Thirteen percent of Americans (about 38 million people) suffer from migraine, and every one of them has a different experience with the condition. Treatment has to be as individualized as they are. Unfortunately, that isn't what isn't offered now, though it is where the science wants to go. "I would love to have something like a Dr. Seuss type- machine where we put a person in and when they come out the other side we have the perfect treatment for them," said Kathleen Digre, MD, a migraine specialist with University of Utah Health. "We aren't there yet."
The most recent breakthrough in migraine treatment was the approval by the FDA of a new class of drugs--monoclonal antibodies targeting calcitonin gene-related peptide (CGRP). These drugs prevent migraines before they happen by stopping the release of proteins that cause arteries, veins and parts of the covering of the brain to swell. However, they don't work for everyone. "This really is the first designer drug for migraine prevention, and for some people, it's going to be really helpful," said Digre, "However, it's not going to be a magic".
CGRP monoclonal antibodies are the first migraine preventative drugs designed specifically for that purpose. Prior to this, drugs used for migraine prevention had been designed for other uses, but then found to be effective for stopping migraines. Beta-blockers, anti-seizure medications, anti-depressants, and even Botox have all helped people with migraine to varying degrees. "Many of these medications also have side effects that may make them less than attractive to patients," said Digre. "Those can range from a loss of libido to changes in thinking to blood pressure issues. Providers need to work closely with patients to make sure the risks don't outweigh the benefits."
Preventatives are not the only medications used to treat migraine. There are many acute treatments as well. The biggest breakthrough in this category came in the 1990s with the introduction of triptans. These drugs work to relieve migraine symptoms by binding serotonin receptors in the brain and blood vessels. New acute treatments could be coming though. "We are expecting a version of CGRP inhibiting medication that works acutely and another serotonin affecting medication that won't have some of the adverse effects on blood vessels," said Digre. "Though it is not known when these will likely get FDA approval."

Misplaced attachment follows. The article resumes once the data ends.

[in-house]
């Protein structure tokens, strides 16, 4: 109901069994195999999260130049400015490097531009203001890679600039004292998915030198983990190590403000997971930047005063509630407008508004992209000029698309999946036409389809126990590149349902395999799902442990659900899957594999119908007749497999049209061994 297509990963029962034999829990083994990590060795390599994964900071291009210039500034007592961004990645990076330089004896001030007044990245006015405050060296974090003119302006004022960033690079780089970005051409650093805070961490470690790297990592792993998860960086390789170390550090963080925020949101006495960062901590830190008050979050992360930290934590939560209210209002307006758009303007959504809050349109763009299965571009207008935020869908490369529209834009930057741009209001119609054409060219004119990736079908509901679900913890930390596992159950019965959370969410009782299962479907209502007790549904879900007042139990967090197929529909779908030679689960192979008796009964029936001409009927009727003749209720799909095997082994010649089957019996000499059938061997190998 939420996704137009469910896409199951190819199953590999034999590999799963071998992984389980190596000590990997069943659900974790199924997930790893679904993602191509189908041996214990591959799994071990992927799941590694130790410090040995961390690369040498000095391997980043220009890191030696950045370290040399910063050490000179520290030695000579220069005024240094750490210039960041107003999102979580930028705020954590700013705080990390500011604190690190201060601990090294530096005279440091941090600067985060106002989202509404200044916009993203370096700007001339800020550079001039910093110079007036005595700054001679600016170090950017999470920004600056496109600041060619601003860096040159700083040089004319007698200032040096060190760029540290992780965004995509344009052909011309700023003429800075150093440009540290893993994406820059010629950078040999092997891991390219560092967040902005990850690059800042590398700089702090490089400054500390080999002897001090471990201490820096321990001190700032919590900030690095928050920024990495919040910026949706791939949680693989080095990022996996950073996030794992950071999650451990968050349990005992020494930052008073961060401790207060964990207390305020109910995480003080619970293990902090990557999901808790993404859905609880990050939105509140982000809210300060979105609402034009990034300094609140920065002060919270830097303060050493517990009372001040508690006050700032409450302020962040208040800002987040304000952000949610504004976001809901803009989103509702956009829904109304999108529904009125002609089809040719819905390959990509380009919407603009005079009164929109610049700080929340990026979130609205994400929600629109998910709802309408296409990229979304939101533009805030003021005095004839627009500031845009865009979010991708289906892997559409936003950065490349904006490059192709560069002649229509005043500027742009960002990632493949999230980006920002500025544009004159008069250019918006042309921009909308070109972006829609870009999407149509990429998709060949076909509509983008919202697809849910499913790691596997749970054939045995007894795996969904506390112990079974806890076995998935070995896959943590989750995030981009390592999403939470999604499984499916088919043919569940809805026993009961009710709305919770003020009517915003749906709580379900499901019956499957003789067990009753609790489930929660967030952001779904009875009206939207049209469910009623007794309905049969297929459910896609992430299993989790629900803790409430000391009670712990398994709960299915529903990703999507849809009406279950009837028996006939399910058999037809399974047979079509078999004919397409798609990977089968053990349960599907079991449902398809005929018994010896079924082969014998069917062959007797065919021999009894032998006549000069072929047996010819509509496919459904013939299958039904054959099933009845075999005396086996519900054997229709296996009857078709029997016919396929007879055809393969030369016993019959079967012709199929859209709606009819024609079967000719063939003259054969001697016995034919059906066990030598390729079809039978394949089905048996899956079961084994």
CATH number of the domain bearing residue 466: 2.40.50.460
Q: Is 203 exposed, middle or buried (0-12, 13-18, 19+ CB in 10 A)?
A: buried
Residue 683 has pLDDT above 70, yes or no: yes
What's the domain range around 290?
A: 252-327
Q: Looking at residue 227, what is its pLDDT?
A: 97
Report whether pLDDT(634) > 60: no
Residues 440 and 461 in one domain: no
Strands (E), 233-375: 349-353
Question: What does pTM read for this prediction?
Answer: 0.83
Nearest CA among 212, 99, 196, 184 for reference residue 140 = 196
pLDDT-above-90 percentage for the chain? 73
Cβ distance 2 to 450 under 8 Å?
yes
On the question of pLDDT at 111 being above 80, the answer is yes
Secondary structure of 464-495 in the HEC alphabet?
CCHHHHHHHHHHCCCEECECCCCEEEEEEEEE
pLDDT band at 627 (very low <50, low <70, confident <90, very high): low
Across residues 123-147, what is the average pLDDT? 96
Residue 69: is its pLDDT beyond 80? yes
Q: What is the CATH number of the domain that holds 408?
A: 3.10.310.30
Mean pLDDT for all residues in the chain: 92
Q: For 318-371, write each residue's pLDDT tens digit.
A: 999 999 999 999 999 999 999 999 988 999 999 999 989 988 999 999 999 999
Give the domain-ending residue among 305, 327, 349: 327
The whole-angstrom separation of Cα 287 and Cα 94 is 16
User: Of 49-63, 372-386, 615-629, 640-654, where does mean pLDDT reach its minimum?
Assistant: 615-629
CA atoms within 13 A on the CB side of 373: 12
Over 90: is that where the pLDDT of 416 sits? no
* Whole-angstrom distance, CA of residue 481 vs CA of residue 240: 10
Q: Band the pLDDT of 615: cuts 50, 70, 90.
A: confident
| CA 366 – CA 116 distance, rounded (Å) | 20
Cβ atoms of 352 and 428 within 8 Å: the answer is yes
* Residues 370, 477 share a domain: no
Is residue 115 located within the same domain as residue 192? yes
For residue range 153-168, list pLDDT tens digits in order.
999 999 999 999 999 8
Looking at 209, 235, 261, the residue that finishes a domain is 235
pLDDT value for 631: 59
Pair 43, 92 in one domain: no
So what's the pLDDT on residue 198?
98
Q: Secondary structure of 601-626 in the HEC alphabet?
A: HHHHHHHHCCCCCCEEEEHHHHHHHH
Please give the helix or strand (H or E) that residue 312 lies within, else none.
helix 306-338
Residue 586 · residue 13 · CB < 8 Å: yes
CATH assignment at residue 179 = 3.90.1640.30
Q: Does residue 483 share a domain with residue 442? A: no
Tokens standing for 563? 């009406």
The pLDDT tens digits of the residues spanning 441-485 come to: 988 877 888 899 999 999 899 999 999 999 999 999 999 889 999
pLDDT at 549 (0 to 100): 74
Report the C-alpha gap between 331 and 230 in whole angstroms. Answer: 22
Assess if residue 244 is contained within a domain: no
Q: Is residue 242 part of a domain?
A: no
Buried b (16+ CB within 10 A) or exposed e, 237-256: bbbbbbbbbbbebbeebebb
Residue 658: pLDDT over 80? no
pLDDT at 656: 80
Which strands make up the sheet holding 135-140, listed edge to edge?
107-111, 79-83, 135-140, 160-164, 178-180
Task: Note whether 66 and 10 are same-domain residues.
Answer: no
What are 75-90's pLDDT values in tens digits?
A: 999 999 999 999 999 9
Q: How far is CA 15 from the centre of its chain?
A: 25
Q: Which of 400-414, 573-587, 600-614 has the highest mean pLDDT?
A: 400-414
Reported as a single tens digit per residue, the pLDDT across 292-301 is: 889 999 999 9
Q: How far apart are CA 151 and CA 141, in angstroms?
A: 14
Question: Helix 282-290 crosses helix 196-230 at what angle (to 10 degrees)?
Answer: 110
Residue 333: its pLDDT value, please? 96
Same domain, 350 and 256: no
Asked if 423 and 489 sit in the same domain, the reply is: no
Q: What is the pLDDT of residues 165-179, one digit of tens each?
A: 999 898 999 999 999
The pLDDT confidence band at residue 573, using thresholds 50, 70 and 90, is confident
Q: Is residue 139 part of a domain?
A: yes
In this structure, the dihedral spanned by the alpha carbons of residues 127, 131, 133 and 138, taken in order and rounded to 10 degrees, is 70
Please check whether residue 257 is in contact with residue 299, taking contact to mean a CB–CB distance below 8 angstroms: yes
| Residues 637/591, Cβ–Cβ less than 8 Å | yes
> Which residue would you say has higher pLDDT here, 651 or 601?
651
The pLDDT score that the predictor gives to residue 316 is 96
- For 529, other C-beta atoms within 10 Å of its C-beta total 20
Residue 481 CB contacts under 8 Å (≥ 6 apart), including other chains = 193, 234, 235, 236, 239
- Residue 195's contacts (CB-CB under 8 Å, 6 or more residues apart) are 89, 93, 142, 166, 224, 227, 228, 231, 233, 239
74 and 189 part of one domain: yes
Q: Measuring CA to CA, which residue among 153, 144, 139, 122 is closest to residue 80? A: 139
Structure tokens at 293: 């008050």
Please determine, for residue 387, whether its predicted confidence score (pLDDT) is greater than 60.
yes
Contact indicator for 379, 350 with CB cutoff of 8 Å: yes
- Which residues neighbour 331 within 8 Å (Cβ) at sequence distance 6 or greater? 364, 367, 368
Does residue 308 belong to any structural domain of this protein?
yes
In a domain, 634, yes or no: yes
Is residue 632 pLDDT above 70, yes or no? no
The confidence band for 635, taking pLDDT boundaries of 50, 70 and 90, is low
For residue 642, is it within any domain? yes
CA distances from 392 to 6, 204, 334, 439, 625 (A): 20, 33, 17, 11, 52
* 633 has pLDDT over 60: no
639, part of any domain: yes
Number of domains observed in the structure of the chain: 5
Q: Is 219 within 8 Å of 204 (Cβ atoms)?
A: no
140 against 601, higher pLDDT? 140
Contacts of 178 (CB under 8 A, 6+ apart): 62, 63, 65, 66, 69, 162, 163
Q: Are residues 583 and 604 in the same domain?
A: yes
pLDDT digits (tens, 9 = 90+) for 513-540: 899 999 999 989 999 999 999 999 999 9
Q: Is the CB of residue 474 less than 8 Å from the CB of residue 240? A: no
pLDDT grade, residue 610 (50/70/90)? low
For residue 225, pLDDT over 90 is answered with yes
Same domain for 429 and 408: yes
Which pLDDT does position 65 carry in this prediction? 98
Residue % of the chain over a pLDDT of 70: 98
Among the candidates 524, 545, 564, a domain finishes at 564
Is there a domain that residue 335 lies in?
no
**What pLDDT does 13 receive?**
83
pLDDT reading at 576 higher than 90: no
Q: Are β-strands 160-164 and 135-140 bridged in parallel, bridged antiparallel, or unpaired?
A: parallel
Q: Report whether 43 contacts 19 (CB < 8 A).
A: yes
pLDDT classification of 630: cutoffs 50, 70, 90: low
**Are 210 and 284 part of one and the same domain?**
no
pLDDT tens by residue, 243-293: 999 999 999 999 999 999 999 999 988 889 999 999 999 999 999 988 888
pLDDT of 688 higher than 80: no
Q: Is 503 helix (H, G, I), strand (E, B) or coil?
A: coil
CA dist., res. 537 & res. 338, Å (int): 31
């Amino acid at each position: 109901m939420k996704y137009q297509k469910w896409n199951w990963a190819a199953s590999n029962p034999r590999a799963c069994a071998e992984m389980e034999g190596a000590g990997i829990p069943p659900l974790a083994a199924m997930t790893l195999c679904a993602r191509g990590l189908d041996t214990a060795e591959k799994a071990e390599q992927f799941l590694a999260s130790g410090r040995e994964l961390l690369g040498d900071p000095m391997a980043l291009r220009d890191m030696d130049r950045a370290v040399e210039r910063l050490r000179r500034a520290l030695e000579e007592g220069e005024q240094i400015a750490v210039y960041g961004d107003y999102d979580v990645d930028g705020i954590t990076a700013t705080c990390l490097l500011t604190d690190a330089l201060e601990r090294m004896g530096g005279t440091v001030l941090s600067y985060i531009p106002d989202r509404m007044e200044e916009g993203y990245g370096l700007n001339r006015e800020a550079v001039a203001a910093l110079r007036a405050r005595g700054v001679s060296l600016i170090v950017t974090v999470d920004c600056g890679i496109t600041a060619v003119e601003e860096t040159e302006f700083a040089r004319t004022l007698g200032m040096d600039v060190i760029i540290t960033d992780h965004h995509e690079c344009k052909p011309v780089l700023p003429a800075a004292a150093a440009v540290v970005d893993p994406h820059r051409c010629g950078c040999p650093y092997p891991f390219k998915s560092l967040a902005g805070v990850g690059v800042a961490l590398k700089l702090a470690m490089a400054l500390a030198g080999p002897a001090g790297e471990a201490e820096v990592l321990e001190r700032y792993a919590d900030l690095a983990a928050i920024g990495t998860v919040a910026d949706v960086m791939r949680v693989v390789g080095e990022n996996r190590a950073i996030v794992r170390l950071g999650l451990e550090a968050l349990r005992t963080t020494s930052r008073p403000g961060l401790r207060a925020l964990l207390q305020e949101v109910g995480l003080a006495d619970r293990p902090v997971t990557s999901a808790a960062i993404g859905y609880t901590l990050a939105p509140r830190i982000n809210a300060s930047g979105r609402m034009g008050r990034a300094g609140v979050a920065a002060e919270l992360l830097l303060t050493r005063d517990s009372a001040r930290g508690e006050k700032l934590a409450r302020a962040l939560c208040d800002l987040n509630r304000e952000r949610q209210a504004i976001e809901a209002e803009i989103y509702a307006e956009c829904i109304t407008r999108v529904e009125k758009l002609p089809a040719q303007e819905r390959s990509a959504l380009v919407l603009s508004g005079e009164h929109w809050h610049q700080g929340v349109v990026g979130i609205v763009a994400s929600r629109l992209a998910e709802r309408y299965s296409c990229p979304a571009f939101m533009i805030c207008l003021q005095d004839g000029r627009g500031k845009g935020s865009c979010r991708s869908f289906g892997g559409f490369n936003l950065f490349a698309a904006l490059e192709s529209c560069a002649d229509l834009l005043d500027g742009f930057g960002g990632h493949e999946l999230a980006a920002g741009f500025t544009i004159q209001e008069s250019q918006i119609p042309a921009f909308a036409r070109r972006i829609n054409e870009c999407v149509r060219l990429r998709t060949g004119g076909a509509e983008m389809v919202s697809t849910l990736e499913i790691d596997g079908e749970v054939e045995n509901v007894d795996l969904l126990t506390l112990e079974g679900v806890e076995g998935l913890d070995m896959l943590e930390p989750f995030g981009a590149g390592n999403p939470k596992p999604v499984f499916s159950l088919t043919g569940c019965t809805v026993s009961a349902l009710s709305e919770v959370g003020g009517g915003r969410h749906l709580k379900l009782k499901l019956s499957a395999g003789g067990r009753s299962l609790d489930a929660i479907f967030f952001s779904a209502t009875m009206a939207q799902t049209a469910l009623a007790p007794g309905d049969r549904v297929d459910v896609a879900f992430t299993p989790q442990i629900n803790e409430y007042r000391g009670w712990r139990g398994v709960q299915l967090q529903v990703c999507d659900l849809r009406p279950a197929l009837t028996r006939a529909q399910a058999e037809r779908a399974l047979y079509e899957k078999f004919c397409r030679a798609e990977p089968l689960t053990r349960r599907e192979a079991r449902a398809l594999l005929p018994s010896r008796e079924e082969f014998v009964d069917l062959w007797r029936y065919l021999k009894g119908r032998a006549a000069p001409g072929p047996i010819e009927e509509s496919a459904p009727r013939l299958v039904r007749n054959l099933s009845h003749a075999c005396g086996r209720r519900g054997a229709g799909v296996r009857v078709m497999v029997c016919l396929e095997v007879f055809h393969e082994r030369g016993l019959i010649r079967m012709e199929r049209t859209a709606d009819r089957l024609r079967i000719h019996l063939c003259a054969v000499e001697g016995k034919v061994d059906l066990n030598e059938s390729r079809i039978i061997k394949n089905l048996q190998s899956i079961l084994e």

Aside from medications there are new devices offering help individuals with migraine. The FDA has recently approved three devices available by prescription. Two of them use electric impulses to stimulate different nerves in the head and scramble pain signals. The third uses a magnetic pulse to interrupt brain activity linked to migraine. "These devices are for people who can't tolerate medications, or who have contraindication to medications," said Digre. "Perhaps somebody who's pregnant doesn't want to ingest a medication. One of these devices could help."
People who suffer from migraine should work with their care provider to determine the correct diagnosis and what treatment is right for them. They also should educate themselves about migraine to better understand their condition and take ownership of it. "Migraine is a chronic disease just like diabetes, or asthma, or any other chronic disease. And like other chronic conditions there are educational programs and materials available for patients." said Digre. "Here at the University of Utah, we started a Headache School that covers topics that are important for people with migraine and other types of headaches. The American Migraine Foundation is another excellent resource for migraine education."
People with migraine should be involved with research as well. They are an important part of charting the future of migraine treatment. Just as there are many types of migraine and headache there are many different types of research being done. "We need patients to help us understand the disease of migraine," said Digre. "We just joined a national consortium called the American Registry for Migraine Research, ARMR. We are asking all of our patients to donate some time to fill out some questionnaires about their own migraine. Then, we can use data that's assembled from across the United States on people who have migraines to start answering questions about the disease."